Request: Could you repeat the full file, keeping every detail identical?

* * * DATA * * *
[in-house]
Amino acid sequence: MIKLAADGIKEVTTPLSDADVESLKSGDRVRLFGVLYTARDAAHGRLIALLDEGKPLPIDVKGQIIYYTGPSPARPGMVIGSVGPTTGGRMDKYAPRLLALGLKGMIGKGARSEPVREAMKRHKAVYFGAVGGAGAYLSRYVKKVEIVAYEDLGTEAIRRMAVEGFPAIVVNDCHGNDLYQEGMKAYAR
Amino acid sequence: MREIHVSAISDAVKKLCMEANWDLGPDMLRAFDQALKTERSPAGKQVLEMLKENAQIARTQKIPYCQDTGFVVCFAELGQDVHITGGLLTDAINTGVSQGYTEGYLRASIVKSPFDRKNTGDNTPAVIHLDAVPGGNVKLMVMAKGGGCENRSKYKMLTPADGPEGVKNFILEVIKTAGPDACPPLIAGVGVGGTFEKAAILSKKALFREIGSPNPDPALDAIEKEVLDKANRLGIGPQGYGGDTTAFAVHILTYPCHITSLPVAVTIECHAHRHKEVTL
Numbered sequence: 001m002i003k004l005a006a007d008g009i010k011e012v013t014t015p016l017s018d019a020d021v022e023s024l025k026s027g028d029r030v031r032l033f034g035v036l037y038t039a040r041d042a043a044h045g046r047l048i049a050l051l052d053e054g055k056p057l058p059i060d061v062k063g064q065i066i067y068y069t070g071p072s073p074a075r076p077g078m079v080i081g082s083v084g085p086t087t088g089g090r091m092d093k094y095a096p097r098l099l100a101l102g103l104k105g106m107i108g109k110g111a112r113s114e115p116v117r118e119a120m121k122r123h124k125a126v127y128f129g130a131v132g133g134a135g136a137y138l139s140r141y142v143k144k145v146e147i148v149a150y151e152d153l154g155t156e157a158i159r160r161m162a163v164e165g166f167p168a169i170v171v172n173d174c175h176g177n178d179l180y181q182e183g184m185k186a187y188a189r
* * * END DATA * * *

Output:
[in-house]
Amino acid sequence: MIKLAADGIKEVTTPLSDADVESLKSGDRVRLFGVLYTARDAAHGRLIALLDEGKPLPIDVKGQIIYYTGPSPARPGMVIGSVGPTTGGRMDKYAPRLLALGLKGMIGKGARSEPVREAMKRHKAVYFGAVGGAGAYLSRYVKKVEIVAYEDLGTEAIRRMAVEGFPAIVVNDCHGNDLYQEGMKAYAR
Amino acid sequence: MREIHVSAISDAVKKLCMEANWDLGPDMLRAFDQALKTERSPAGKQVLEMLKENAQIARTQKIPYCQDTGFVVCFAELGQDVHITGGLLTDAINTGVSQGYTEGYLRASIVKSPFDRKNTGDNTPAVIHLDAVPGGNVKLMVMAKGGGCENRSKYKMLTPADGPEGVKNFILEVIKTAGPDACPPLIAGVGVGGTFEKAAILSKKALFREIGSPNPDPALDAIEKEVLDKANRLGIGPQGYGGDTTAFAVHILTYPCHITSLPVAVTIECHAHRHKEVTL
Numbered sequence: 001m002i003k004l005a006a007d008g009i010k011e012v013t014t015p016l017s018d019a020d021v022e023s024l025k026s027g028d029r030v031r032l033f034g035v036l037y038t039a040r041d042a043a044h045g046r047l048i049a050l051l052d053e054g055k056p057l058p059i060d061v062k063g064q065i066i067y068y069t070g071p072s073p074a075r076p077g078m079v080i081g082s083v084g085p086t087t088g089g090r091m092d093k094y095a096p097r098l099l100a101l102g103l104k105g106m107i108g109k110g111a112r113s114e115p116v117r118e119a120m121k122r123h124k125a126v127y128f129g130a131v132g133g134a135g136a137y138l139s140r141y142v143k144k145v146e147i148v149a150y151e152d153l154g155t156e157a158i159r160r161m162a163v164e165g166f167p168a169i170v171v172n173d174c175h176g177n178d179l180y181q182e183g184m185k186a187y188a189r